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DJ Best British Award 2009
SINGLE OF THE WEEK

Oh yes! House legend Move D teams up once again with Smallville's Benjamin Brunn for the Wake Up's label fifth outing and it's a two-track affair from each artist. Move D delivers a sleepy, hazy deep house cut on "EPMTAX" and a more uplifting, piano-led number in the shape of "Eastman". Flip the 12" over, and you got Br Read more...
ALBUM OF THE WEEK

Rabih Beaini's Morphine label have stepped it up once again this year, embarking on a series of projects that sees the Lebanese artist producing albums from unique artists with the visual assistance of French-born designer Nathalie Du Pasquier and Tankboys. The first introduced the fairly unclassifiable Senyawa and Brothe Read more...
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THIS WEEK AT JUNO
Iglew - Urban Myth EP (Gobstopper)

Mr Mitch’s Gobstopper label has become the go-to destination for some of the most inventive variations on the grime blueprint. After the killer sounds that snuck out on the Peace Edits 12”, Mitch presents a debut release from hitherto unknown producer Iglew. “Sleep Lighter” leads the charge with a nasty squish of synth lines that shape out a catchy melody, underpinned by a lean drum set. By way of contrast, “Urban Myth” dips into introspective territory with only the sparsest of percussive hits looming in the background, before “Regalia” turns the heat back up with a killer string riff and a stop-start dynamic to inspire all manner of body jerks. “Cymatism” rounds the EP off with an atmospheric piece loaded with sub bass pressure and icy synth blasts, marking Iglew out as a producer with a mean grasp of melody.

Golden Teacher meets Dennis Bovell - Golden Teacher meets Dennis Bovell At The Green Door (Optimo Music)

Glasgow’s premier party-starting band of wildcats Golden Teacher are arguably the flagship project to emerge out of the fabled Green Door Studios. Dennis Bovell, meanwhile, has been a staple of the British dub scene since he first started operating in the early '80s, and it shows when Optimo invite him to get busy on the bits and pieces of two GT tracks. Best considered as two utterly individual pieces in their own right, Bovell brings a masterful amount of delay and reverb to beat on this record, with “Instigator (Dub)” awash with pitched down vocals over a simple stepping drum machine beat. “Like A Hawk (DB Version)” has a more urgent pace about it, with choppy organ stabs providing the necessary skank, and presumably Bovell himself toasting the proceedings.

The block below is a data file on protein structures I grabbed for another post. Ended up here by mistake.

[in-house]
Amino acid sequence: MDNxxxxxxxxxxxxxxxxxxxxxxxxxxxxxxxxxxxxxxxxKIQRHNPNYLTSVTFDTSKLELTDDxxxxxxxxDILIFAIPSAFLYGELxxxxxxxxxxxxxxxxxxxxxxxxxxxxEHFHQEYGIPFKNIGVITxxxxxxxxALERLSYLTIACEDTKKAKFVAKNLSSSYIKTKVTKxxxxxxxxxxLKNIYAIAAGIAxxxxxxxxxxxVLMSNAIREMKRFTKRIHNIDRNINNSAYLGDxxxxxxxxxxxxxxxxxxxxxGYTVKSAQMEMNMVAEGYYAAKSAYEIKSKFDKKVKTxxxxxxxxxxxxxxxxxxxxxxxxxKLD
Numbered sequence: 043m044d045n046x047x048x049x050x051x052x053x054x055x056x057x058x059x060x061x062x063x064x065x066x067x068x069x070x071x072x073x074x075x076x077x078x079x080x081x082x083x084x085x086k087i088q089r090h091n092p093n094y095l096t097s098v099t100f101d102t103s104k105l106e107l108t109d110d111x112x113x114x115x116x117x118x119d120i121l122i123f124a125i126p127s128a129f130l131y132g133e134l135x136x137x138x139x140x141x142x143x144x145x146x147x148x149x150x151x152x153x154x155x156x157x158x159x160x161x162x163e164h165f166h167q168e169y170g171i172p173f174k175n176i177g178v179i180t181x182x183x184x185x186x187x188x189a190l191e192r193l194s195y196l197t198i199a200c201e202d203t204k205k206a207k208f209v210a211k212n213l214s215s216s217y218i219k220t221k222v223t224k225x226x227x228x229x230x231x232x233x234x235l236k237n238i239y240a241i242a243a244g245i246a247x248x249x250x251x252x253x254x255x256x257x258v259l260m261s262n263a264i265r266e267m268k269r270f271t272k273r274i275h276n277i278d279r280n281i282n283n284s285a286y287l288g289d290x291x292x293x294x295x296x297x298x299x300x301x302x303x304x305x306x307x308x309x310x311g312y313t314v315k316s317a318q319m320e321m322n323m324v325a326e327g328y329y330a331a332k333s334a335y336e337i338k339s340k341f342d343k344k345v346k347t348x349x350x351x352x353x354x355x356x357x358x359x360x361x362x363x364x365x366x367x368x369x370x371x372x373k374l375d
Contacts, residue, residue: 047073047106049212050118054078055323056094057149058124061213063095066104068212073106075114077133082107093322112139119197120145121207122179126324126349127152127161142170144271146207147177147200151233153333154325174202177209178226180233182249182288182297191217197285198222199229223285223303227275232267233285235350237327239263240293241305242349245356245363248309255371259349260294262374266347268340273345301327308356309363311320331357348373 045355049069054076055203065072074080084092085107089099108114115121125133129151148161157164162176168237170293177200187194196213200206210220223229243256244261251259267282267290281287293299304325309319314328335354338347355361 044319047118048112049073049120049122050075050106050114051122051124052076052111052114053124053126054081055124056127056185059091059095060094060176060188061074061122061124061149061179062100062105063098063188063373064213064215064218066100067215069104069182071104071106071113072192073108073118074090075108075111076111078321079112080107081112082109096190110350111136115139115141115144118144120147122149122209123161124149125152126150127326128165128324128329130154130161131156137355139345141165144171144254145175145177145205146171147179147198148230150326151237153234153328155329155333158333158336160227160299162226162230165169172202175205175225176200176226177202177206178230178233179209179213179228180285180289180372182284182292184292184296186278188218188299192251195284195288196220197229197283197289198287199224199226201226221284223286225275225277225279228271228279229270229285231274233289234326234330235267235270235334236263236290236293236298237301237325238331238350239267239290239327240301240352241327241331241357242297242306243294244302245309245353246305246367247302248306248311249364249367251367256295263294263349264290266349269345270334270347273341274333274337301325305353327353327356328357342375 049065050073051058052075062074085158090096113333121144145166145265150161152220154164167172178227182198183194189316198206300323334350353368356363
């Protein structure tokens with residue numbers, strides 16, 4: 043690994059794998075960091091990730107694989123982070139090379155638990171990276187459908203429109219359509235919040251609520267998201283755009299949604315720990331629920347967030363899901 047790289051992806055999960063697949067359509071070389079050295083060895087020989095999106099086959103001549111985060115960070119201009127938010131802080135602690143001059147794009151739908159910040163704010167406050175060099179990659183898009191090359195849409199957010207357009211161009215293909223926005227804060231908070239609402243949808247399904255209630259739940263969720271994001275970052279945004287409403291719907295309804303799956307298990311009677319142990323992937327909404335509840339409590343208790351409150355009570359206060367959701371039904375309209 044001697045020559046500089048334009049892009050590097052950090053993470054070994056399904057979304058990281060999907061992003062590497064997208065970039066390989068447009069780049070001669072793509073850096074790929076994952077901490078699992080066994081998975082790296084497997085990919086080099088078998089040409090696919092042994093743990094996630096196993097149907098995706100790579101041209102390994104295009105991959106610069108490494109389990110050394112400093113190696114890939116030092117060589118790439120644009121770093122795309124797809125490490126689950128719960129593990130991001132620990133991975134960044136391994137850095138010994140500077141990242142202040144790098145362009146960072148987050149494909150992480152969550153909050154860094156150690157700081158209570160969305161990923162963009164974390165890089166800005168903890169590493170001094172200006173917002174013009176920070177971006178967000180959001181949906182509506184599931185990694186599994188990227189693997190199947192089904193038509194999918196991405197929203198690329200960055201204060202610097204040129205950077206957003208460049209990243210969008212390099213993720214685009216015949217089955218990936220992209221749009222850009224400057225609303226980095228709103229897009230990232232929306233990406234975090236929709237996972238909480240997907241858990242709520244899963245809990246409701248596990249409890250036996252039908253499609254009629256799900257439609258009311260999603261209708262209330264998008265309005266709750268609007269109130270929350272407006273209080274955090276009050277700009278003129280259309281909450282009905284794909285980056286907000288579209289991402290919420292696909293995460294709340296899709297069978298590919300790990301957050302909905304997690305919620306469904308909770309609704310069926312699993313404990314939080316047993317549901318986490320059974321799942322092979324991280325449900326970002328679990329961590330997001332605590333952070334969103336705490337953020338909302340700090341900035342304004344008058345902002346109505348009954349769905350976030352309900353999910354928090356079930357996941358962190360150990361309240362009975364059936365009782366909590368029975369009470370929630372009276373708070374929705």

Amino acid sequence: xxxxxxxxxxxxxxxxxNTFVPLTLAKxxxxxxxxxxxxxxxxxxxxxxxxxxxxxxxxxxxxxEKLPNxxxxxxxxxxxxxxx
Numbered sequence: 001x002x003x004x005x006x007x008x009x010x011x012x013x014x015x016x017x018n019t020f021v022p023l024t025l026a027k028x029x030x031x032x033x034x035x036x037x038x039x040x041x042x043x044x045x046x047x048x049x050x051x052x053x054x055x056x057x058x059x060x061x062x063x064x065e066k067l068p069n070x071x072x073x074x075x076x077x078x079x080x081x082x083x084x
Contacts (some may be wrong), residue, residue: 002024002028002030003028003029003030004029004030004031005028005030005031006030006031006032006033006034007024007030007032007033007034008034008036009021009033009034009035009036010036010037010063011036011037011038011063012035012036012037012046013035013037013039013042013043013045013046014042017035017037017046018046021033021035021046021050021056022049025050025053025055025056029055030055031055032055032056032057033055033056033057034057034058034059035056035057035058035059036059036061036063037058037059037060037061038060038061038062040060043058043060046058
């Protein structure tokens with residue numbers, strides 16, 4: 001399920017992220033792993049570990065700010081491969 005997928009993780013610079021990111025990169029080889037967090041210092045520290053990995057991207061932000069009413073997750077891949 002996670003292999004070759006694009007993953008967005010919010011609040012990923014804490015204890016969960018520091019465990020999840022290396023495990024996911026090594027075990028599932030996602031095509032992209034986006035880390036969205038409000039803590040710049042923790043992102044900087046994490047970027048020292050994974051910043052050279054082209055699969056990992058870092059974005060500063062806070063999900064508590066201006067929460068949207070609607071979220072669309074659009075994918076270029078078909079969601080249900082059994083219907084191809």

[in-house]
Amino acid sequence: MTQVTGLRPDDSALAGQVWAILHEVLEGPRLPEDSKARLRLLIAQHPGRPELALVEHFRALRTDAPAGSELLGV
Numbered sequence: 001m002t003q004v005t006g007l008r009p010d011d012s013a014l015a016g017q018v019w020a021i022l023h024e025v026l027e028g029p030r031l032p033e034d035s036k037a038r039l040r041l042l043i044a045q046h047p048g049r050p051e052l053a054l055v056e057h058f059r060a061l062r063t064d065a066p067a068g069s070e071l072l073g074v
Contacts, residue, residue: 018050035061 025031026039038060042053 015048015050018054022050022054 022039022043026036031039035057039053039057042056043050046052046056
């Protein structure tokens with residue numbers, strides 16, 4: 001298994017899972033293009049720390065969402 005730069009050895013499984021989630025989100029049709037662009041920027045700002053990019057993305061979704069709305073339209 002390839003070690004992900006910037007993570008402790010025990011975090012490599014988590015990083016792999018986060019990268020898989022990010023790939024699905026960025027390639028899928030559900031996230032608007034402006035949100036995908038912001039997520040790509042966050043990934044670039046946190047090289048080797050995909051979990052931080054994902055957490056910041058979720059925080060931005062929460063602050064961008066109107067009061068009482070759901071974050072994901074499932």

45 ACP - Change Of Tone (L.I.E.S.)

While his work as D.K. may have garnered the most attention thus far thanks to an album on Antinote, Frenchman 45 ACP is about to reach a wider audience with his second alias as this album of future-minded machine configurations makes its way on to L.I.E.S. The sounds that emanate out of Change Of Tone certainly fit in with the rugged aesthetic of Ron Morelli’s label, but they also sound as though they are beamed in from a different headspace. The plush melodic turns that could be found on the D.K. material are nestled away here as well amongst the grubby drum beats, and an overall cosmic tone abounds throughout. Scuffed intros such as the one on “Ground To Ground” invariably lead into illustrious swirling synths that make the whole listening experience a satisfying balance between rough and romantic, like all the best things in life.

Ajukaja & Andrevski - Looking For Something That’s Not There (Levels)

Jon Rust’s Levels label have already welcomed Estonian duo Ajukaja and Andrevski to deliver one EP, the Rare Birds 12” of last year. After that magnificent start, not to mention Ajukaja’s excellent work on the Porridge Bullet label, our recent podcasters return for their second EP together and the sound is even more grandiose. The equipment used to that make the music may be familiar, but the composition is most certainly not; just take a listen to the cosmic upsurge of the title track. Contorting synthesisers peal out like birdsong and show no restraint when piling on a flurry of delirious and playful notes, and it’s a joyous melee only superseded by the flip side. “Mesiliind” has an anthemic quality that shouldn’t make sense with the oddball warbles that shape out the track, but somehow the most life-affirming end result emerges out of the mess, and confirms that Ajukaja and Andrevski have an enviable balance of weirdness and harmony in their musical DNA.

Charles Cohen - Brother I Prove You Wrong (Morphine)

Pioneering synthesiser explorer Charles Cohen has an established working relationship with Rabih Beani’s Morphine, having issued no less than three LPs on the label in 2013. There were also numerous singles and a double-CD retrospective ensuring that any interested parties could very quickly get hip to the expansive work Cohen has undertaken throughout his life. Now Cohen has turned his hand (and his Buchla Synthesiser) to original productions for the first time since the 1980s (largely preferring live performance) with the assistance of Beani, and the result is the masterful Brother I Prove You Wrong. As you would expect the album sits on the fringes of electro-acoustic research, but not at the expense of its listenability. The atmosphere and melodic content make for a pleasurable listen as much as the tones and composition make for a compelling one, and we're in love with album cut "Sacred Mountain".